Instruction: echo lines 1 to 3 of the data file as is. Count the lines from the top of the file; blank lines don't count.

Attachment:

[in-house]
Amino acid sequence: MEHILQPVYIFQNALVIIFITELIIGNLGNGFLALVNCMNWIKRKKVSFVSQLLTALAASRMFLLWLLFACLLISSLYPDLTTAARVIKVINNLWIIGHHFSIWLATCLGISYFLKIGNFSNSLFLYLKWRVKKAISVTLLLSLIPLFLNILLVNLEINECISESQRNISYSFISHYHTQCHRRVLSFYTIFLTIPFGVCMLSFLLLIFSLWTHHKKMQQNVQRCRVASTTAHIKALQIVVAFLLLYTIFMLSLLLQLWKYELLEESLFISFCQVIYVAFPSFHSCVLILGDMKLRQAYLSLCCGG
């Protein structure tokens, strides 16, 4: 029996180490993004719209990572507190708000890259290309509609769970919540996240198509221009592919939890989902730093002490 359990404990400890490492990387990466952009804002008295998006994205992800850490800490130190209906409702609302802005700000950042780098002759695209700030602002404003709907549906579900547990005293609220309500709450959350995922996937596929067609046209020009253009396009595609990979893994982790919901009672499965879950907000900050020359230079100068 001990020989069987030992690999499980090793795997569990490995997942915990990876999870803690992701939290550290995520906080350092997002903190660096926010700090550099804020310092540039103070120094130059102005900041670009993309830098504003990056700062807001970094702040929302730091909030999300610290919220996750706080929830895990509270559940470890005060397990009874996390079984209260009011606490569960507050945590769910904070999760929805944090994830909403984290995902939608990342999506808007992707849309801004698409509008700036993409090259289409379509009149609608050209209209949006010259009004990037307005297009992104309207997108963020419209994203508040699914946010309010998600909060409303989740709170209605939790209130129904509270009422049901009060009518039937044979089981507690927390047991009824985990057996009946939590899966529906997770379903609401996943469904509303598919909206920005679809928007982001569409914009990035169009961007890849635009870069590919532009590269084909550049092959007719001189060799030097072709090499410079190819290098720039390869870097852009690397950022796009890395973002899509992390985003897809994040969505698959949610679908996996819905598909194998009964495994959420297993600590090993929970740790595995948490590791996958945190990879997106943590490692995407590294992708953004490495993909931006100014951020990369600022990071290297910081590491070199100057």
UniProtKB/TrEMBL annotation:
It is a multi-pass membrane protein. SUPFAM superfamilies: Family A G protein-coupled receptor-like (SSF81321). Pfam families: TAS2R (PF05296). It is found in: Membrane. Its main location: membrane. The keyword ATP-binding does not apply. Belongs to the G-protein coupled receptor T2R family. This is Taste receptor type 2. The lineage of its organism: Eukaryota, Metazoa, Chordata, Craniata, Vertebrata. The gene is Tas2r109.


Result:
[in-house]
Amino acid sequence: MEHILQPVYIFQNALVIIFITELIIGNLGNGFLALVNCMNWIKRKKVSFVSQLLTALAASRMFLLWLLFACLLISSLYPDLTTAARVIKVINNLWIIGHHFSIWLATCLGISYFLKIGNFSNSLFLYLKWRVKKAISVTLLLSLIPLFLNILLVNLEINECISESQRNISYSFISHYHTQCHRRVLSFYTIFLTIPFGVCMLSFLLLIFSLWTHHKKMQQNVQRCRVASTTAHIKALQIVVAFLLLYTIFMLSLLLQLWKYELLEESLFISFCQVIYVAFPSFHSCVLILGDMKLRQAYLSLCCGG
């Protein structure tokens, strides 16, 4: 029996180490993004719209990572507190708000890259290309509609769970919540996240198509221009592919939890989902730093002490 359990404990400890490492990387990466952009804002008295998006994205992800850490800490130190209906409702609302802005700000950042780098002759695209700030602002404003709907549906579900547990005293609220309500709450959350995922996937596929067609046209020009253009396009595609990979893994982790919901009672499965879950907000900050020359230079100068 001990020989069987030992690999499980090793795997569990490995997942915990990876999870803690992701939290550290995520906080350092997002903190660096926010700090550099804020310092540039103070120094130059102005900041670009993309830098504003990056700062807001970094702040929302730091909030999300610290919220996750706080929830895990509270559940470890005060397990009874996390079984209260009011606490569960507050945590769910904070999760929805944090994830909403984290995902939608990342999506808007992707849309801004698409509008700036993409090259289409379509009149609608050209209209949006010259009004990037307005297009992104309207997108963020419209994203508040699914946010309010998600909060409303989740709170209605939790209130129904509270009422049901009060009518039937044979089981507690927390047991009824985990057996009946939590899966529906997770379903609401996943469904509303598919909206920005679809928007982001569409914009990035169009961007890849635009870069590919532009590269084909550049092959007719001189060799030097072709090499410079190819290098720039390869870097852009690397950022796009890395973002899509992390985003897809994040969505698959949610679908996996819905598909194998009964495994959420297993600590090993929970740790595995948490590791996958945190990879997106943590490692995407590294992708953004490495993909931006100014951020990369600022990071290297910081590491070199100057």